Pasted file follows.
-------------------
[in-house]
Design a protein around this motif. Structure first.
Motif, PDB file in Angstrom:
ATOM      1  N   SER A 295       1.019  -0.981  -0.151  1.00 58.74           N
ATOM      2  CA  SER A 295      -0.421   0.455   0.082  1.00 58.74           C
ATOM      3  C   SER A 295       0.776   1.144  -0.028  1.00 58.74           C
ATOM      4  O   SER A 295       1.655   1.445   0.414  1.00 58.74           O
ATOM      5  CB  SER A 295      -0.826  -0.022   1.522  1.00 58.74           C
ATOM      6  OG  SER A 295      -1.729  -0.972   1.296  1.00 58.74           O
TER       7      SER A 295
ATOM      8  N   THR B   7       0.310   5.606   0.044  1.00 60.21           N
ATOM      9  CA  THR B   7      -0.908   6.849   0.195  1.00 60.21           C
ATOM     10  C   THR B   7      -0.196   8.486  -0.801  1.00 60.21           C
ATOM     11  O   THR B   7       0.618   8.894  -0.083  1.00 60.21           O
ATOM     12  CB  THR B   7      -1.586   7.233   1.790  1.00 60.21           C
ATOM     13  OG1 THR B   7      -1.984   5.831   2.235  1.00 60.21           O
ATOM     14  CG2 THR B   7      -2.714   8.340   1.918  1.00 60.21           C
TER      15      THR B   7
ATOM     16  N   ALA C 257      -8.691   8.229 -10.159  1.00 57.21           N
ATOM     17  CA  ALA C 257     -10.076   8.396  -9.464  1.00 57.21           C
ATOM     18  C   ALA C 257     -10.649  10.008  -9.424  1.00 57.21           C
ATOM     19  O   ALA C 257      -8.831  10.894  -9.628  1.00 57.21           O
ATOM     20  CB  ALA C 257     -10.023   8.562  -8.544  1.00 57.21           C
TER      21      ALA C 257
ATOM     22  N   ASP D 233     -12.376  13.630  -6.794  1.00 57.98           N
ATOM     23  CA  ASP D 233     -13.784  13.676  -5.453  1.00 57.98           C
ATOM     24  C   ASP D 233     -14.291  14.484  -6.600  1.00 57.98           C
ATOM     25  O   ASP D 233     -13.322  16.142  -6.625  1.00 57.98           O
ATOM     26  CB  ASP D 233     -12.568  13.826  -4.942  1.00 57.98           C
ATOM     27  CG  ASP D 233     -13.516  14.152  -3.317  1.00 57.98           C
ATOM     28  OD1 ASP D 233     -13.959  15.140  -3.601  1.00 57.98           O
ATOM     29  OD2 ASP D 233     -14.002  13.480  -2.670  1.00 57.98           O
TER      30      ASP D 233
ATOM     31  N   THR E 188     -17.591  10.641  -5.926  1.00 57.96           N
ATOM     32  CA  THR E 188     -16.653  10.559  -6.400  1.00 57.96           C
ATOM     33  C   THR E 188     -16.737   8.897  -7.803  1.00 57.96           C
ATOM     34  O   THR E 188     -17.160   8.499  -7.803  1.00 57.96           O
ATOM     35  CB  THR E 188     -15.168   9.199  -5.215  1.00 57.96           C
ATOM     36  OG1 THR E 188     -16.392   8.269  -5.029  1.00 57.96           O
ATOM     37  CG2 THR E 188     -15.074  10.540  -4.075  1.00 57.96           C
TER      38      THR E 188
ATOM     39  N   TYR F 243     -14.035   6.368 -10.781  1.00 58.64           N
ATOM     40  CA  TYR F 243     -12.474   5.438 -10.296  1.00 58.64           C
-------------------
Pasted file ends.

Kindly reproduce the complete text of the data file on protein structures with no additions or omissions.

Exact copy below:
[in-house]
Design a protein around this motif. Structure first.
Motif, PDB file in Angstrom:
ATOM      1  N   SER A 295       1.019  -0.981  -0.151  1.00 58.74           N
ATOM      2  CA  SER A 295      -0.421   0.455   0.082  1.00 58.74           C
ATOM      3  C   SER A 295       0.776   1.144  -0.028  1.00 58.74           C
ATOM      4  O   SER A 295       1.655   1.445   0.414  1.00 58.74           O
ATOM      5  CB  SER A 295      -0.826  -0.022   1.522  1.00 58.74           C
ATOM      6  OG  SER A 295      -1.729  -0.972   1.296  1.00 58.74           O
TER       7      SER A 295
ATOM      8  N   THR B   7       0.310   5.606   0.044  1.00 60.21           N
ATOM      9  CA  THR B   7      -0.908   6.849   0.195  1.00 60.21           C
ATOM     10  C   THR B   7      -0.196   8.486  -0.801  1.00 60.21           C
ATOM     11  O   THR B   7       0.618   8.894  -0.083  1.00 60.21           O
ATOM     12  CB  THR B   7      -1.586   7.233   1.790  1.00 60.21           C
ATOM     13  OG1 THR B   7      -1.984   5.831   2.235  1.00 60.21           O
ATOM     14  CG2 THR B   7      -2.714   8.340   1.918  1.00 60.21           C
TER      15      THR B   7
ATOM     16  N   ALA C 257      -8.691   8.229 -10.159  1.00 57.21           N
ATOM     17  CA  ALA C 257     -10.076   8.396  -9.464  1.00 57.21           C
ATOM     18  C   ALA C 257     -10.649  10.008  -9.424  1.00 57.21           C
ATOM     19  O   ALA C 257      -8.831  10.894  -9.628  1.00 57.21           O
ATOM     20  CB  ALA C 257     -10.023   8.562  -8.544  1.00 57.21           C
TER      21      ALA C 257
ATOM     22  N   ASP D 233     -12.376  13.630  -6.794  1.00 57.98           N
ATOM     23  CA  ASP D 233     -13.784  13.676  -5.453  1.00 57.98           C
ATOM     24  C   ASP D 233     -14.291  14.484  -6.600  1.00 57.98           C
ATOM     25  O   ASP D 233     -13.322  16.142  -6.625  1.00 57.98           O
ATOM     26  CB  ASP D 233     -12.568  13.826  -4.942  1.00 57.98           C
ATOM     27  CG  ASP D 233     -13.516  14.152  -3.317  1.00 57.98           C
ATOM     28  OD1 ASP D 233     -13.959  15.140  -3.601  1.00 57.98           O
ATOM     29  OD2 ASP D 233     -14.002  13.480  -2.670  1.00 57.98           O
TER      30      ASP D 233
ATOM     31  N   THR E 188     -17.591  10.641  -5.926  1.00 57.96           N
ATOM     32  CA  THR E 188     -16.653  10.559  -6.400  1.00 57.96           C
ATOM     33  C   THR E 188     -16.737   8.897  -7.803  1.00 57.96           C
ATOM     34  O   THR E 188     -17.160   8.499  -7.803  1.00 57.96           O
ATOM     35  CB  THR E 188     -15.168   9.199  -5.215  1.00 57.96           C
ATOM     36  OG1 THR E 188     -16.392   8.269  -5.029  1.00 57.96           O
ATOM     37  CG2 THR E 188     -15.074  10.540  -4.075  1.00 57.96           C
TER      38      THR E 188
ATOM     39  N   TYR F 243     -14.035   6.368 -10.781  1.00 58.64           N
ATOM     40  CA  TYR F 243     -12.474   5.438 -10.296  1.00 58.64           C